THE BROWN MARTIN.
WHEN winter had fled, with its cold stormy hours,
Words which are spoken in as gentle a tone
That the martin hath gratitude taught us in vain.
There is one kind of vice which even bad persons shun, that is ad-vice.
THE PENITENT SCHOLAR.
THE PENITENT SCHOLAR.
ing hymn sung, and the shouts of merry voices are heard on the green. Their spirits overflow like long pent-up waters. But one of their number remains behind. All is quiet now in the school
There sits the teacher at her desk, with a sad and troubled look.
At one of the desks before her sits a boy, whose flushed countenance and flashing eye tell of a struggle within. His arms are proudly folded, as in defiance, and his lips are compressed. He will never say,
“ I'm sorry, will you forgive me?" No! not he. His · breath comes thick and fast, and the
his cheek grows a deep crimson. The door stands invitingly open. A few quick steps, and he can bé beyond the reach of his teacher. Involuntarily his hand snatches up his cap, as she says, “ George, come to me.” A moment more and he has darted out, and is
down the lane. The teacher's face grows more sad; her head sinks upon the desk, and the tears will come, as she thinks of the return he is making for all her love and care for him.
The clock strikes five, and slowly putting on her bonnet and shawl, she prepares to go, when, looking out at the door, she sees the boy coming toward the school-house, now taking rapid steps forward, as though fearful his resolutions would fail him; then pausing, as if ashamed to be seen coming back. What has thus changed his pur
Breathless with haste, he has thrown himself down upon
green grass by the side of the creek, cooling his burning cheeks in the pure, sweet water; and as gradually the flush faded away, so in his heart died
he felt toward his teacher. The south wind, as it stole by, lifting the hair from his brow, seemed to whisper in his ear, “ This way, little boy, this way," and voices within him murmured, “Go back, go back.” He started to his feet. Should he heed those kind words-should he go back ? Could he go? Ah! here was the struggle. Could he be man enough to conquer his pride and anger, and in true humility retrace his steps, and say “forgive ?" Could he go back? As he repeated the words he said to himself, “I will go back;" and the victory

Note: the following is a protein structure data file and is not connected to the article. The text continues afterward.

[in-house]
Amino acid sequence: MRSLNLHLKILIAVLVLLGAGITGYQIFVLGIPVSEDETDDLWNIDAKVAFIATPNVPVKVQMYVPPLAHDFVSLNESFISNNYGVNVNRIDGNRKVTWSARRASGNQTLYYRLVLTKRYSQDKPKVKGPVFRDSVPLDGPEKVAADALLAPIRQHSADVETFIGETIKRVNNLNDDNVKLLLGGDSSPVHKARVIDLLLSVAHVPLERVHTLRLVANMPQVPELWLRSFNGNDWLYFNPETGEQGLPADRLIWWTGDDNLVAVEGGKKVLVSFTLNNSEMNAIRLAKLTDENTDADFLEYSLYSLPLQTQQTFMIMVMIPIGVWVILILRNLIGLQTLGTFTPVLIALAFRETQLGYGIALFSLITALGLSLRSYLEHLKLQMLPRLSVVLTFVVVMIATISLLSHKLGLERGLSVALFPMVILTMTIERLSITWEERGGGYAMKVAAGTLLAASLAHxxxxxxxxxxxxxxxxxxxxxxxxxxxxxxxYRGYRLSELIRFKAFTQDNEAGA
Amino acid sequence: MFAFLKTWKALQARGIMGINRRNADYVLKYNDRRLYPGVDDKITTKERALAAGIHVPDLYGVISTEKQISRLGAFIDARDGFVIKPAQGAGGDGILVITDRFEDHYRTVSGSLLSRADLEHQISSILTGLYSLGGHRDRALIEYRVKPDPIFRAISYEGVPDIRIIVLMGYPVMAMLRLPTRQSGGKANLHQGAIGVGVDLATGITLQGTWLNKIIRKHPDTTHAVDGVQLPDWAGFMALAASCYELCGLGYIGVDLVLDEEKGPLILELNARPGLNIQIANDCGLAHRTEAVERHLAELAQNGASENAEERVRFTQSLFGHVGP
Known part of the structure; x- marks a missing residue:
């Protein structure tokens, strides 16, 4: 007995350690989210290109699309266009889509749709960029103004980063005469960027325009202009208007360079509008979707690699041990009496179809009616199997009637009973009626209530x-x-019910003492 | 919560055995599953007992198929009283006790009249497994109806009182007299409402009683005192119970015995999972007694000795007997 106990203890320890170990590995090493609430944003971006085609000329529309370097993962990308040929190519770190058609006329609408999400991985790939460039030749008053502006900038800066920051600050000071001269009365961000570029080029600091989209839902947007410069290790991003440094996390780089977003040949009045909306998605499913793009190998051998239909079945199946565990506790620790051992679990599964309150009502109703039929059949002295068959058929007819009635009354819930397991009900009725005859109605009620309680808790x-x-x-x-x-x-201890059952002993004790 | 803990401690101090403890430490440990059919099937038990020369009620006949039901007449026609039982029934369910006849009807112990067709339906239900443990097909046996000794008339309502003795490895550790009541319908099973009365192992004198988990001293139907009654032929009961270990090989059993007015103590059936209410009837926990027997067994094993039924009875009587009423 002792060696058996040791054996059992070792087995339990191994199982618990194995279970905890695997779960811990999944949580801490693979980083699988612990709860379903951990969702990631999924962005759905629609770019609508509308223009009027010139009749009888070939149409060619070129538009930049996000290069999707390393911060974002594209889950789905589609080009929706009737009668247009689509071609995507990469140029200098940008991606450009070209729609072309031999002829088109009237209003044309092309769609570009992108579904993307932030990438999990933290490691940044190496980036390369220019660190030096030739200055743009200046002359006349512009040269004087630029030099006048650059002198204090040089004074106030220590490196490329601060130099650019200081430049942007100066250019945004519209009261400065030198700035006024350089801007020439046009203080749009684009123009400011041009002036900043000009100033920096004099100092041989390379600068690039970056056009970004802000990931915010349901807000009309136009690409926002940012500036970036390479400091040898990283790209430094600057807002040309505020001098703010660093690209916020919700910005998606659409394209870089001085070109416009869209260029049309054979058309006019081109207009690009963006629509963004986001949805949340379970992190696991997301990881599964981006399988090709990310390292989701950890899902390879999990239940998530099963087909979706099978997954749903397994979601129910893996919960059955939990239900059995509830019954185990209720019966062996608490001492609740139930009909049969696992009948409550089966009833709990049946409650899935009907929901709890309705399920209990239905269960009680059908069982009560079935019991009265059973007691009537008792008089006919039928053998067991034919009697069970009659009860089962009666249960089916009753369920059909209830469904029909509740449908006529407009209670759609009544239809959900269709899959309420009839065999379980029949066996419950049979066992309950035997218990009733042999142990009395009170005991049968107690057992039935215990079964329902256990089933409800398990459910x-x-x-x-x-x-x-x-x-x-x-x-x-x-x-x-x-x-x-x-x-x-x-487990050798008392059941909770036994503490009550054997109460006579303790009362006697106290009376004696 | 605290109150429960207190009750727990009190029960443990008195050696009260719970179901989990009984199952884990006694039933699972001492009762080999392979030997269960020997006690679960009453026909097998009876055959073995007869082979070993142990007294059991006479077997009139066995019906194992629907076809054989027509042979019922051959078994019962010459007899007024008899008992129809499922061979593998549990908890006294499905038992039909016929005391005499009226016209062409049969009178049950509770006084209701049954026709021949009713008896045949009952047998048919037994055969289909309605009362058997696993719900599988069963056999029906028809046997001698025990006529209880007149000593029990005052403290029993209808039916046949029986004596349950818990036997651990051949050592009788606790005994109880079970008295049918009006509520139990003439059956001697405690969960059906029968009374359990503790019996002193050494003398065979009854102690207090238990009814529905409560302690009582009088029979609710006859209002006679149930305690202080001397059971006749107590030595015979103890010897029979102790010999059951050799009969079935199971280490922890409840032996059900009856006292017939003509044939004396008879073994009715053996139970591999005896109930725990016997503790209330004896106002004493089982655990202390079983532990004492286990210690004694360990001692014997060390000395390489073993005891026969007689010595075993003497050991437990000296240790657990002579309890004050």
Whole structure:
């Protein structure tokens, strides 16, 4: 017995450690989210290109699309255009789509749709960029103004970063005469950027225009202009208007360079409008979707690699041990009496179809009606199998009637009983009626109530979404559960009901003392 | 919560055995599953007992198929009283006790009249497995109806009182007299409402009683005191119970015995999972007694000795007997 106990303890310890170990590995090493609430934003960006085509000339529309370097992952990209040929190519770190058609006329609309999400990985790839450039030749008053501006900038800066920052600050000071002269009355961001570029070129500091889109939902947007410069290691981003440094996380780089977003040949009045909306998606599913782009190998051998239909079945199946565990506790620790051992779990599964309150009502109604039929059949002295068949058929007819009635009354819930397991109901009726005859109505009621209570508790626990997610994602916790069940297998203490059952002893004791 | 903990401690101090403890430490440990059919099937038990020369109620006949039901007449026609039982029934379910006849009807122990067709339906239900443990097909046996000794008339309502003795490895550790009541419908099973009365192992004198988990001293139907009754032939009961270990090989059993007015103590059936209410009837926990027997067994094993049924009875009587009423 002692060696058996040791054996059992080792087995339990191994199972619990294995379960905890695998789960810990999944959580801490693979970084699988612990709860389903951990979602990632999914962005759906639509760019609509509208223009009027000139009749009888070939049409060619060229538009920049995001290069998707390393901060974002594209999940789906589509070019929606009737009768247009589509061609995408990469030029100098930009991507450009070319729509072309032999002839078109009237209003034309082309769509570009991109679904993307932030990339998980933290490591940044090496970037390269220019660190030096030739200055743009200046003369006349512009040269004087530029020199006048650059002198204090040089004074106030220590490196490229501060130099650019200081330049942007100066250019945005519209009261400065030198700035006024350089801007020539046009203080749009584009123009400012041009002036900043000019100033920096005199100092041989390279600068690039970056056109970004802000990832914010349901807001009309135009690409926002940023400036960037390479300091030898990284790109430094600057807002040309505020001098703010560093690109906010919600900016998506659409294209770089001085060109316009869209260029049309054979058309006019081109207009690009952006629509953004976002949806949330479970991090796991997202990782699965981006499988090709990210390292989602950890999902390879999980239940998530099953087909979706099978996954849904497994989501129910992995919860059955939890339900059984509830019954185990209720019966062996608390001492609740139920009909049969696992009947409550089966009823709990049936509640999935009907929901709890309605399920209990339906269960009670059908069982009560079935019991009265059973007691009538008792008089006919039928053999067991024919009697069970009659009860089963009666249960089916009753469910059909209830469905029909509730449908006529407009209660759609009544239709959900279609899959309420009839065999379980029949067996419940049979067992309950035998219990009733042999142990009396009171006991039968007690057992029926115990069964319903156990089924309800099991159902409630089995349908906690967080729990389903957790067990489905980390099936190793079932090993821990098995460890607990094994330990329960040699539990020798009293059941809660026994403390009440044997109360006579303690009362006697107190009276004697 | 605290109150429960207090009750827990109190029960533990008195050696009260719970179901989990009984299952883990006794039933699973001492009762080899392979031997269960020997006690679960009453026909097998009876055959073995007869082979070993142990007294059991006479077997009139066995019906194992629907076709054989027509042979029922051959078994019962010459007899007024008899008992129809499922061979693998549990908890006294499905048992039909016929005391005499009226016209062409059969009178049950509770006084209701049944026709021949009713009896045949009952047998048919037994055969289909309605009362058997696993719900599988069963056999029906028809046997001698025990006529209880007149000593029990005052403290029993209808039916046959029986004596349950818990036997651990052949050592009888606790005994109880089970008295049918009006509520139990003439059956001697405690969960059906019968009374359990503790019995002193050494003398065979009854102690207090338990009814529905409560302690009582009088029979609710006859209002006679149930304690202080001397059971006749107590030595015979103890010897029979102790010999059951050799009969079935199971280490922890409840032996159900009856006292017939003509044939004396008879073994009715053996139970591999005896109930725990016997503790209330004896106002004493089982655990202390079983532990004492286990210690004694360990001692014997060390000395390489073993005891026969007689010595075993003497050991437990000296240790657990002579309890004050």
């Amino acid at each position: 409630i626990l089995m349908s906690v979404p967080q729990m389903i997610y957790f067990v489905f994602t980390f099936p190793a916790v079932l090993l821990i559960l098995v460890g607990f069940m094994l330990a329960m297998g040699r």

Soon, with downcast eye and throbbing heart, he stood A BIRD CHARMED BY A SQUIRREL.
before his teacher, acknowledging in broken accents his fault, and . asking forgiveness.
The sunbeams streamed in through the open window, filling the room with golden light, but the sunlight in those 'hearts was brighter yet. Ah, children, if you would always have the sunlight in your hearts, never let the clouds of anger rise to dim your sky.
He was a hero. He conquered himself; and Solomon says, “ He that ruleth his spirit is better than he that taketh a city.” At first he cowardly ran away ; but his courage came again ; he rallied his forces, and took the city. Brave is the boy that has courage to do right, when his proud heart says I will not.-New York Observer.
A BIRD CHARMED BY A SQUIRREL.
THE following singular occurrence is related by a correspondent
, ain, Pa.:
“ While running a survey line some eight miles from here, my attention was attracted by the vociferous barking of a red squirrel, and on looking for him, I saw the individual himself on a hemlock tree, about twenty feet from the ground, jumping about, barking, and flirting his tail. On the same limb, about six feet from him, sat a swamp or spotted thrush, looking decidedly frightened and bewildered, for whom, it appears, all these particular attentions were designed.
“Well, matters stood thus for some minutes, the squirrel getting nearer, and the bird appearing more and more confused, when Bunny, having barked himself hoarse, thought it was time to make a grab, which he did accordingly. The struggle of the bird, however, threw them both off the limb to the ground, where the squirrel killed the thrush in a short time. He then hauled the body to a log, and, after due examination, was beginning deliberately to pull out the feathers in mouthfuls, when one of the chain-men knocked the carnivorous little animal over with a stone. He was not killed, however, but only stunned, and has since recovered, and we have him caged and hung up in the office as a curiosity.
“ He is very savage, and it was but yesterday that he came off first best in a fight with a young rat terrier, of undoubted pluck, belonging to one of the party. I now wish that we had let him alone, to håve seen whether he would have eaten the bird, though I have no doubt that such was his intention."